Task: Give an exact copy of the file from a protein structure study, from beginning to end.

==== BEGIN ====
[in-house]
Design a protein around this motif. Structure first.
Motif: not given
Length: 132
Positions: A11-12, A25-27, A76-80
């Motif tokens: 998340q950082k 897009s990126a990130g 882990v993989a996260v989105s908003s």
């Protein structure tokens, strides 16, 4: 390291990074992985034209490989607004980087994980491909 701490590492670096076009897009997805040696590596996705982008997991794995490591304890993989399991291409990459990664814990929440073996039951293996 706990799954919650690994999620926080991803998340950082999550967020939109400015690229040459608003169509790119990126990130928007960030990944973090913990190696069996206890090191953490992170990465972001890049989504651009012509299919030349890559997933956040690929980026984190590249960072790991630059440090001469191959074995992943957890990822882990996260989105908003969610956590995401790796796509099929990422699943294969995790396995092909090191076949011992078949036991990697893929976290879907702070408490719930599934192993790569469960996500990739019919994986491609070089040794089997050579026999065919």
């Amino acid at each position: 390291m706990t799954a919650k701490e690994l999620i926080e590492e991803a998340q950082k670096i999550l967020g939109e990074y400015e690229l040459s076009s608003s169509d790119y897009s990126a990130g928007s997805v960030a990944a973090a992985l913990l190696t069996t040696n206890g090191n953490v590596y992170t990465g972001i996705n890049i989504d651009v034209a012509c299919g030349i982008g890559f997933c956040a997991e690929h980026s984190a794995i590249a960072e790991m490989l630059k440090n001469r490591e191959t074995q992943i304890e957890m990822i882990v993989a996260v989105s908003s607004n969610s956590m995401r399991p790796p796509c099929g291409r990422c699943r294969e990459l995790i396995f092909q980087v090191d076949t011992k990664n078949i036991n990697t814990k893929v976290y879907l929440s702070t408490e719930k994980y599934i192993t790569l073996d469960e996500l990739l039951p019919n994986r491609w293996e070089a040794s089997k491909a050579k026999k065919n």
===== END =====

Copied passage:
[in-house]
Design a protein around this motif. Structure first.
Motif: not given
Length: 132
Positions: A11-12, A25-27, A76-80
């Motif tokens: 998340q950082k 897009s990126a990130g 882990v993989a996260v989105s908003s």
């Protein structure tokens, strides 16, 4: 390291990074992985034209490989607004980087994980491909 701490590492670096076009897009997805040696590596996705982008997991794995490591304890993989399991291409990459990664814990929440073996039951293996 706990799954919650690994999620926080991803998340950082999550967020939109400015690229040459608003169509790119990126990130928007960030990944973090913990190696069996206890090191953490992170990465972001890049989504651009012509299919030349890559997933956040690929980026984190590249960072790991630059440090001469191959074995992943957890990822882990996260989105908003969610956590995401790796796509099929990422699943294969995790396995092909090191076949011992078949036991990697893929976290879907702070408490719930599934192993790569469960996500990739019919994986491609070089040794089997050579026999065919």
């Amino acid at each position: 390291m706990t799954a919650k701490e690994l999620i926080e590492e991803a998340q950082k670096i999550l967020g939109e990074y400015e690229l040459s076009s608003s169509d790119y897009s990126a990130g928007s997805v960030a990944a973090a992985l913990l190696t069996t040696n206890g090191n953490v590596y992170t990465g972001i996705n890049i989504d651009v034209a012509c299919g030349i982008g890559f997933c956040a997991e690929h980026s984190a794995i590249a960072e790991m490989l630059k440090n001469r490591e191959t074995q992943i304890e957890m990822i882990v993989a996260v989105s908003s607004n969610s956590m995401r399991p790796p796509c099929g291409r990422c699943r294969e990459l995790i396995f092909q980087v090191d076949t011992k990664n078949i036991n990697t814990k893929v976290y879907l929440s702070t408490e719930k994980y599934i192993t790569l073996d469960e996500l990739l039951p019919n994986r491609w293996e070089a040794s089997k491909a050579k026999k065919n």